I highly recommend the Meerenie Loop/Red Centre Way - the landscapes are just stunning and it just adds a bit of excitement, I was getting a bit sick of all the bitumen (and all the caravans). There was barely any traffic on the road. A 4WD tour bus and a ranger overtook us, as we were taking our time and enjyoing the drive, and two other 4WDs towing offroad type caravans came in the other direction. So that was it, we had the road to ourselves most of the time. We had seen one wild camel yesterday coming into the resort at King’s Canyon and I was hoping to see brumbies. A few dips excited the kids and Charlie let out a little squeal as we splashed through a large puddle in the road, splashing muddy water all over the windscreen. 10km down the track I was the one letting out a squeal as we spotted our first brumbies. Chucking Toby’s telephoto on my camera quickly, I popped out of the car and stood behind it. They were only metres away, none too worried about me, just off the side of the road. Looked to me like a stallion and his mare and their colt/filly. When he’d had enough of me hanging around, he nodded his head up and down at me and then looked over at his girl. She came to him with the baby as I watched from behind the car and then gently walked off together. I know brumbies are a pest (although camels are far worse according to the rangers at KC), but gosh they were so beautiful and healthy. Glossy coats, flowing mane and tail. It was glorious country. I do wonder what they do when it gets really hot, perhaps go more into the Ranges and into the valleys where it is cooler and there would always be a source of water, but for now they roam on the grassy plains below the ranges. I had a big grin on my face. It’s a personal thing, but for me this beat seeing Uluru. Seeing horses in the wild has always been a dream of mine, since I was a wee tacker. 

On and on we went, but the drive was never boring. I would do it again in a heartbeat and was quite sad when it ended and we got back on the sealed road leading up into the West Macs. We stopped at Tyler’s Pass lookout (views of Tnorala/Gosse Bluff - crater caused by a comet impact!) and were greeted with lovely weather, a fantastic view and a peace and serenity that just didn’t happen at Uluru-Kata Tjuta. It had not cost us anything to get into either Watarrka NP or West Macs NP, and yet Uluru Kata-Tjuta was $50 for 3 days. Absolutely insane. Most of their advertising is still showing $25 for adults and kids were supposedly free. But this changed on the 1st April this year, and now kids are $12.50 each, so I got my pass price doubled. Just a little bit more than inflation, one would think. But here I leave my rants about the tourism mecca that is Uluru. All I will do is encourage you to see more of the Red Centre because it only gets better quite frankly.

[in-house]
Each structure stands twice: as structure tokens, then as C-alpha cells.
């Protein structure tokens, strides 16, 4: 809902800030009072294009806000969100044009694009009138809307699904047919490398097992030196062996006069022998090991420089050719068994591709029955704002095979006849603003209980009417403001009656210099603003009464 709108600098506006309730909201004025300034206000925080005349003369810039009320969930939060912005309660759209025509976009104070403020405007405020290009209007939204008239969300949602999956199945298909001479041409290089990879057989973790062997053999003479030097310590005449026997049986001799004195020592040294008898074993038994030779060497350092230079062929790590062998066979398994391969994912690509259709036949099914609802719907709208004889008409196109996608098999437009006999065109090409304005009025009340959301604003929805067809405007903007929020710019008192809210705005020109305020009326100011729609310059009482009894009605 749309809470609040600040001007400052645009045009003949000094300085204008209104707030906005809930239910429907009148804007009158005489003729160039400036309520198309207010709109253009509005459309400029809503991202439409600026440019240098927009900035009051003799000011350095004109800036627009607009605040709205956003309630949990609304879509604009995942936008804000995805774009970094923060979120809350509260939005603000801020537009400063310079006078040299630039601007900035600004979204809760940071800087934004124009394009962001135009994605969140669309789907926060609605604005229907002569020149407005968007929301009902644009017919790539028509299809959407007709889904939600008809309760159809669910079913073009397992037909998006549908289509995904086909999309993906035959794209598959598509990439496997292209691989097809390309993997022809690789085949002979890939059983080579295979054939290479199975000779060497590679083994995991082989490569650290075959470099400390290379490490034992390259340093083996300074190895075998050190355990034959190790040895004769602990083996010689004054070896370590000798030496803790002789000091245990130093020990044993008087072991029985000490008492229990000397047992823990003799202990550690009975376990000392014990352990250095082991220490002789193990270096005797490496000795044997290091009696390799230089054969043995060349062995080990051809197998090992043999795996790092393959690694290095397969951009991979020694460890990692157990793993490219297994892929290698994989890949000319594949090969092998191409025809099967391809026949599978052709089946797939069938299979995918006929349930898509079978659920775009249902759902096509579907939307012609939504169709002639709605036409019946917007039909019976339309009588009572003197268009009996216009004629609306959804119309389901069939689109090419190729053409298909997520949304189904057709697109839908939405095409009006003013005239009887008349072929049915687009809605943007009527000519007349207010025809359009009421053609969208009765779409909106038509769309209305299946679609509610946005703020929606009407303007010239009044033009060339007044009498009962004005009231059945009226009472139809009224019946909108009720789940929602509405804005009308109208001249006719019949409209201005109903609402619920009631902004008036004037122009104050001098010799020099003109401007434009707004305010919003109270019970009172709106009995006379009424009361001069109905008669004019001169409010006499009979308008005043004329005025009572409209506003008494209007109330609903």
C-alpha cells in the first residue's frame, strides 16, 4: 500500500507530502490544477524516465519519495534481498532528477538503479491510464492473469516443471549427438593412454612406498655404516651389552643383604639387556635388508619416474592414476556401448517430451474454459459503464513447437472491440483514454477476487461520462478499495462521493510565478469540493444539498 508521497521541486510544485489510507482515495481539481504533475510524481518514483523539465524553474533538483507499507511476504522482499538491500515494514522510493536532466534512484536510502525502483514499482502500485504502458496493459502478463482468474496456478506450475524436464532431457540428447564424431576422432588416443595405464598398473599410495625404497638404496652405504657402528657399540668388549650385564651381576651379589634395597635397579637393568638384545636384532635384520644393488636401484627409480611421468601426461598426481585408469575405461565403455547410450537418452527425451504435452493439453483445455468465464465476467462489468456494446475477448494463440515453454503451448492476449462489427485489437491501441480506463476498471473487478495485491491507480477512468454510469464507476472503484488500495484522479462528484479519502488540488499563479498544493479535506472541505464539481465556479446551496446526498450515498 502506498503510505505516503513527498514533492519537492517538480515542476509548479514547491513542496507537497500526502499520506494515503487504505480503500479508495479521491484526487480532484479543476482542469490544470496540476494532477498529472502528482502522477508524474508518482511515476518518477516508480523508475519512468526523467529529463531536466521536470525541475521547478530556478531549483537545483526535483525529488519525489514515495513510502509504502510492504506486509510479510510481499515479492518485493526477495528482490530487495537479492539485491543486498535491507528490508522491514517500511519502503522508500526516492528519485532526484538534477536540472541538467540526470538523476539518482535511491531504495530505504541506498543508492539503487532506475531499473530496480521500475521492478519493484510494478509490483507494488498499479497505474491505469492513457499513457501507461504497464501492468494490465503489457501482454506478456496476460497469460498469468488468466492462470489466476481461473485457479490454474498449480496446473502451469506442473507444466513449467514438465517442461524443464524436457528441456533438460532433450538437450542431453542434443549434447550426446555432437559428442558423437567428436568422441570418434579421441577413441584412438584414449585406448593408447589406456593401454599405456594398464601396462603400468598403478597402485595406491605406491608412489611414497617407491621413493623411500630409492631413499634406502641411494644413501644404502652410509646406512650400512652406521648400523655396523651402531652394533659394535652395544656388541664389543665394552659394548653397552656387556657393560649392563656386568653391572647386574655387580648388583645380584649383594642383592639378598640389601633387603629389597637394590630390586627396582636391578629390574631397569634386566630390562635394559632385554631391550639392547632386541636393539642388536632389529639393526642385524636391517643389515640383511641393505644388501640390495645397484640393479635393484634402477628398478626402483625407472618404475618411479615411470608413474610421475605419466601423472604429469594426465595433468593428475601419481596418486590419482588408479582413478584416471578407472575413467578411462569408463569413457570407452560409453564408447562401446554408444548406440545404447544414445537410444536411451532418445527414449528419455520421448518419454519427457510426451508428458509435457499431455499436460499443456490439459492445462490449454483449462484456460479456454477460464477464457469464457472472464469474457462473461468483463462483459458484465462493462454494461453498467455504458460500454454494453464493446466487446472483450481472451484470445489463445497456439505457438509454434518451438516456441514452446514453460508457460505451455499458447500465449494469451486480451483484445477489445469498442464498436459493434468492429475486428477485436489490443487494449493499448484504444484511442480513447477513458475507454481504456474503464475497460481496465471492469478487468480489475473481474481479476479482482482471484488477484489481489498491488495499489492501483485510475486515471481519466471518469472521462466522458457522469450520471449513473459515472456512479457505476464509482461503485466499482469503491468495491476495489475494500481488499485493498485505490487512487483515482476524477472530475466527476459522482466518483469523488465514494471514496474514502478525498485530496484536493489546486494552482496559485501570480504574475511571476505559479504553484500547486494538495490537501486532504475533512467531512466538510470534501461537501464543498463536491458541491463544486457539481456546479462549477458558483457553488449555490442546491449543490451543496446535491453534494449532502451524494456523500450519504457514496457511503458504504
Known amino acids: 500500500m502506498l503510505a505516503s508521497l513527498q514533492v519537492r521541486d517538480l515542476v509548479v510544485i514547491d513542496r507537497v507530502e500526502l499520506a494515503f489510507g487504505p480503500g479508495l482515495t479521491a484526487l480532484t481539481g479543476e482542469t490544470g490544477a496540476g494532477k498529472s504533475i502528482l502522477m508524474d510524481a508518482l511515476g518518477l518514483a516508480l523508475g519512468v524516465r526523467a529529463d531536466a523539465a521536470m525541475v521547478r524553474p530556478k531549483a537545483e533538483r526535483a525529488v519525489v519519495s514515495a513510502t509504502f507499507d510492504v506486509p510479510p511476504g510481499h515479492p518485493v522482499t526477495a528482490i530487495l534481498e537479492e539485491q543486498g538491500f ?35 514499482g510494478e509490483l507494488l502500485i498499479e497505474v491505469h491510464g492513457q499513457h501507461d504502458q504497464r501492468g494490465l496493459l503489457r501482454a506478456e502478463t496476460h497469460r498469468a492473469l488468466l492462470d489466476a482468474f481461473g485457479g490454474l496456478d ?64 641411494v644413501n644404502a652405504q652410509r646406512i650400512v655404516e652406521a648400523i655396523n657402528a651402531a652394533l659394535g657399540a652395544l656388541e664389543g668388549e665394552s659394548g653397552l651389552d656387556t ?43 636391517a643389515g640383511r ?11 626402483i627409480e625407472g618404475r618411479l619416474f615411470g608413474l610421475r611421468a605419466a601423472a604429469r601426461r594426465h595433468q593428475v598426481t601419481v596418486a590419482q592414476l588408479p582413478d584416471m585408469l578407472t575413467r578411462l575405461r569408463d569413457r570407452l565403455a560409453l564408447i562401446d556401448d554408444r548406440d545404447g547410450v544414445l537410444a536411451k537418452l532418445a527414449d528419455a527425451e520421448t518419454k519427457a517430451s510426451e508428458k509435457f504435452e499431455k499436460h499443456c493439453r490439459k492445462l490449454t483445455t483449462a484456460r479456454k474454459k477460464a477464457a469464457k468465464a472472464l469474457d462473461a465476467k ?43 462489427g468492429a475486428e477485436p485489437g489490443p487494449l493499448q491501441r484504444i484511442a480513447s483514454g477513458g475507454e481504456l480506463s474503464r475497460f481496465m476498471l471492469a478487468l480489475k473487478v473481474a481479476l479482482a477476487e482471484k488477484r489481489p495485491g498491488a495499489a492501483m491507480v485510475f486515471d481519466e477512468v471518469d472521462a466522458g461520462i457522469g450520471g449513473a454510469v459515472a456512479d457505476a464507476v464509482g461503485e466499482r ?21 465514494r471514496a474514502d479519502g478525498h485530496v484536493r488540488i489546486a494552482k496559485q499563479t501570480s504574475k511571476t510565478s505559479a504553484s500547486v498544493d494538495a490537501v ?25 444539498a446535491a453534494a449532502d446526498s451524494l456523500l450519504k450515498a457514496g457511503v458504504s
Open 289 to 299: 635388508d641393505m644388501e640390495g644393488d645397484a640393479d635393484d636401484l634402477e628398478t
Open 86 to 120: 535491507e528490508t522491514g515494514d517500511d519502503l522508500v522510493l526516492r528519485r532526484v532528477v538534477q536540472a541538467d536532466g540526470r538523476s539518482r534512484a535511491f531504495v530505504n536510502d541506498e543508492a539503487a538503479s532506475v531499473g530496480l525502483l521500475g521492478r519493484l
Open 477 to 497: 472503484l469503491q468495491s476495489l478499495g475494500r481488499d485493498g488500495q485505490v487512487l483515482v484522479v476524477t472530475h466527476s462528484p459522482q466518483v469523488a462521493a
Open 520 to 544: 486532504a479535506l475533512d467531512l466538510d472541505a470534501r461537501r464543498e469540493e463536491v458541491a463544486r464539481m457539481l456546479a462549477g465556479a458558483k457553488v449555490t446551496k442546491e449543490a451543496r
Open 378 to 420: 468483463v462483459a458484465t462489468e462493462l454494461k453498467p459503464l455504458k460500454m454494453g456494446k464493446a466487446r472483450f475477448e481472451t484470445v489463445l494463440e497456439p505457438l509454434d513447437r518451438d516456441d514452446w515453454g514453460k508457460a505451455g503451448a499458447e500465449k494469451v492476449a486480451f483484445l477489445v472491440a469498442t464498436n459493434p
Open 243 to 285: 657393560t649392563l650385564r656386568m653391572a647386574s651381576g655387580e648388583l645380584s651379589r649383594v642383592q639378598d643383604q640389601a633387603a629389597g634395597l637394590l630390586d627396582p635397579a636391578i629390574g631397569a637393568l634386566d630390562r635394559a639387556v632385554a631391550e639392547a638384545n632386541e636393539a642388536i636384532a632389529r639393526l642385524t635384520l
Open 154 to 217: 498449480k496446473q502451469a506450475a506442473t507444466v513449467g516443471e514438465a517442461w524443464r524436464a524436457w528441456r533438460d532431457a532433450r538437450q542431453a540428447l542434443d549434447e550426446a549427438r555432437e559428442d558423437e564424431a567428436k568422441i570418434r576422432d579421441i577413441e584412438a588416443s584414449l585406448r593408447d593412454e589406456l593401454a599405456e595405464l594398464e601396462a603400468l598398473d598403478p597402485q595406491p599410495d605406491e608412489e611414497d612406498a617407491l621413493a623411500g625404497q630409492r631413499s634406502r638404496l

Holly the ranger had yesterday told us not to camp at Ormiston if we wanted a bit of peace and quiet and some lovely bush camping. Apparently Ormiston Gorge had got rather touristy as well. She recommend Redbank Gorge, so that’s where we ended up. It was perfect. Absolutely perfect. Great little bush campgrounds, still with basic amenities, wonderful views from the Ridge and a relaxing Waterhole walk along the mostly dried up river. I’d love to come back in the wet and see the difference. The kids loved ‘walking in the river’, Toby was hunting (photographically speaking) for birds and Charlie was jumping across rivulets and paddling in what was left of the waterhole. 

I cooked bacon and egg burgers for dinner. I may have had a couple of glasses of wine. I watched the boys race around the campsite together on their bikes with a couple of other kids. Perfect end to a perfect day. All was well with the world.